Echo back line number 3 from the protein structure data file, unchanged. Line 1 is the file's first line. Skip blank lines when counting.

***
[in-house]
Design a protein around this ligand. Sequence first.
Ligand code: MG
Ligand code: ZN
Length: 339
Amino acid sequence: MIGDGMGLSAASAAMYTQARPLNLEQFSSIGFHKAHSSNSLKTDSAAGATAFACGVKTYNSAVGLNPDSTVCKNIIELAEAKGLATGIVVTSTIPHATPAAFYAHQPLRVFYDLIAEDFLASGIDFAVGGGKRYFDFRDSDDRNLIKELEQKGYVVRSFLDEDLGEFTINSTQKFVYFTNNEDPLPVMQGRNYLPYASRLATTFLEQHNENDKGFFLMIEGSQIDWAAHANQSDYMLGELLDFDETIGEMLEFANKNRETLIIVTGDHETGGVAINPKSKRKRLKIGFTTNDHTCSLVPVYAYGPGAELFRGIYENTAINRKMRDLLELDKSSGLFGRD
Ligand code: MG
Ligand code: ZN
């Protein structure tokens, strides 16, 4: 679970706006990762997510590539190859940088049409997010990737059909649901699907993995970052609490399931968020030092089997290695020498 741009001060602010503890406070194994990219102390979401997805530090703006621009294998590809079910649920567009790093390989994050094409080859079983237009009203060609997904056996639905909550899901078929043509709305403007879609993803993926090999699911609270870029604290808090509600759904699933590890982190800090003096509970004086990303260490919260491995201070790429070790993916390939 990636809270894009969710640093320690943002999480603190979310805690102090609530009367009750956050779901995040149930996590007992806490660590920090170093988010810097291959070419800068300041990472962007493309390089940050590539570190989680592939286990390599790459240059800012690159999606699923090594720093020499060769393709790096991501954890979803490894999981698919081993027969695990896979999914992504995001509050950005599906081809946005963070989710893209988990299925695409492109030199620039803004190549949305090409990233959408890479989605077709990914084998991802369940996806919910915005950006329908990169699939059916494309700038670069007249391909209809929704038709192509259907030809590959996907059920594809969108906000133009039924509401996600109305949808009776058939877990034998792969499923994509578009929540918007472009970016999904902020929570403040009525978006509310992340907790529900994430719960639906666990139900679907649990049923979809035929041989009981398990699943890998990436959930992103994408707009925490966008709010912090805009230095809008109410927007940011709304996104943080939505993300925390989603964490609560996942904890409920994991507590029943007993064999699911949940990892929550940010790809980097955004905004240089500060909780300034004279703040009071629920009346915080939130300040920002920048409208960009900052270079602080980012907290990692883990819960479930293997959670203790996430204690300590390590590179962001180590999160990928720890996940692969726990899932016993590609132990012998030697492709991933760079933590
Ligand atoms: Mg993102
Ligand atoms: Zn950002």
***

Ligand code: MG